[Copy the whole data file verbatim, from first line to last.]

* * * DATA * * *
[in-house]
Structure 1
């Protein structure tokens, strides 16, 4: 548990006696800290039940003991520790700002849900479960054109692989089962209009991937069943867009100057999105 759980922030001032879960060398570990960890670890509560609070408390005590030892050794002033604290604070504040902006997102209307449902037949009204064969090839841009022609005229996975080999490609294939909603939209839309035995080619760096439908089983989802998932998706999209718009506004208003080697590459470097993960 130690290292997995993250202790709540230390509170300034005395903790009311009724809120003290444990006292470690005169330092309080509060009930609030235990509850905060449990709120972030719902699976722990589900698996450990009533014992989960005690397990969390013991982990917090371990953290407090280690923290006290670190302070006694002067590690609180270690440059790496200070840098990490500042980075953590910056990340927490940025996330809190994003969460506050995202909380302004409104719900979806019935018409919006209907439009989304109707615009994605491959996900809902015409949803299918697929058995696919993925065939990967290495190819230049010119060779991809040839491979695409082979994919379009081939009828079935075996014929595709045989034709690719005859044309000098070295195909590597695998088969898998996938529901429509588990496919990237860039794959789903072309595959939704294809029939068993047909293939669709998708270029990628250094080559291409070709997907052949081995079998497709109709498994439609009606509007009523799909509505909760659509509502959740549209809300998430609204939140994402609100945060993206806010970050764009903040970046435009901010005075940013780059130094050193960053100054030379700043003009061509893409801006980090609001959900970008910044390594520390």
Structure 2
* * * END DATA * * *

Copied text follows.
[in-house]
Structure 1
């Protein structure tokens, strides 16, 4: 548990006696800290039940003991520790700002849900479960054109692989089962209009991937069943867009100057999105 759980922030001032879960060398570990960890670890509560609070408390005590030892050794002033604290604070504040902006997102209307449902037949009204064969090839841009022609005229996975080999490609294939909603939209839309035995080619760096439908089983989802998932998706999209718009506004208003080697590459470097993960 130690290292997995993250202790709540230390509170300034005395903790009311009724809120003290444990006292470690005169330092309080509060009930609030235990509850905060449990709120972030719902699976722990589900698996450990009533014992989960005690397990969390013991982990917090371990953290407090280690923290006290670190302070006694002067590690609180270690440059790496200070840098990490500042980075953590910056990340927490940025996330809190994003969460506050995202909380302004409104719900979806019935018409919006209907439009989304109707615009994605491959996900809902015409949803299918697929058995696919993925065939990967290495190819230049010119060779991809040839491979695409082979994919379009081939009828079935075996014929595709045989034709690719005859044309000098070295195909590597695998088969898998996938529901429509588990496919990237860039794959789903072309595959939704294809029939068993047909293939669709998708270029990628250094080559291409070709997907052949081995079998497709109709498994439609009606509007009523799909509505909760659509509502959740549209809300998430609204939140994402609100945060993206806010970050764009903040970046435009901010005075940013780059130094050193960053100054030379700043003009061509893409801006980090609001959900970008910044390594520390």
Structure 2